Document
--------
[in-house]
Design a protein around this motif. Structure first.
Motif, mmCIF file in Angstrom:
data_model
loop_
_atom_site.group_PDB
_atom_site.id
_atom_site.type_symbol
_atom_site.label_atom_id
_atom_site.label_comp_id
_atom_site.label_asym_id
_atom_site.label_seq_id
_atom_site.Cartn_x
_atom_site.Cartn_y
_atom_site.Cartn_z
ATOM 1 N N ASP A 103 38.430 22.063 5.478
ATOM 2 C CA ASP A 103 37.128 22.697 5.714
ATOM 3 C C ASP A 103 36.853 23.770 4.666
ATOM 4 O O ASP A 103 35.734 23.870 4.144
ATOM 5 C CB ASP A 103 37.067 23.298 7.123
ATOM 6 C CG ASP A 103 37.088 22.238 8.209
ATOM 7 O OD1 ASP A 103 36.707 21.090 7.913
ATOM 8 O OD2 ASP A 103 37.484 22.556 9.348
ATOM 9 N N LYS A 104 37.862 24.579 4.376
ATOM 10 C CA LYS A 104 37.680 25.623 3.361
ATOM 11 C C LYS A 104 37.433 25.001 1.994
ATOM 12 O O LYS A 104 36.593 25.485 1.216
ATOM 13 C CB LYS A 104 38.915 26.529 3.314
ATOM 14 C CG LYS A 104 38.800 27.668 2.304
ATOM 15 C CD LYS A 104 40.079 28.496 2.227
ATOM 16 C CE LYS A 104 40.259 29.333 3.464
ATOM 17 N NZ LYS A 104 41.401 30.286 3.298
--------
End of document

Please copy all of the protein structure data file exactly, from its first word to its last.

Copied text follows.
[in-house]
Design a protein around this motif. Structure first.
Motif, mmCIF file in Angstrom:
data_model
loop_
_atom_site.group_PDB
_atom_site.id
_atom_site.type_symbol
_atom_site.label_atom_id
_atom_site.label_comp_id
_atom_site.label_asym_id
_atom_site.label_seq_id
_atom_site.Cartn_x
_atom_site.Cartn_y
_atom_site.Cartn_z
ATOM 1 N N ASP A 103 38.430 22.063 5.478
ATOM 2 C CA ASP A 103 37.128 22.697 5.714
ATOM 3 C C ASP A 103 36.853 23.770 4.666
ATOM 4 O O ASP A 103 35.734 23.870 4.144
ATOM 5 C CB ASP A 103 37.067 23.298 7.123
ATOM 6 C CG ASP A 103 37.088 22.238 8.209
ATOM 7 O OD1 ASP A 103 36.707 21.090 7.913
ATOM 8 O OD2 ASP A 103 37.484 22.556 9.348
ATOM 9 N N LYS A 104 37.862 24.579 4.376
ATOM 10 C CA LYS A 104 37.680 25.623 3.361
ATOM 11 C C LYS A 104 37.433 25.001 1.994
ATOM 12 O O LYS A 104 36.593 25.485 1.216
ATOM 13 C CB LYS A 104 38.915 26.529 3.314
ATOM 14 C CG LYS A 104 38.800 27.668 2.304
ATOM 15 C CD LYS A 104 40.079 28.496 2.227
ATOM 16 C CE LYS A 104 40.259 29.333 3.464
ATOM 17 N NZ LYS A 104 41.401 30.286 3.298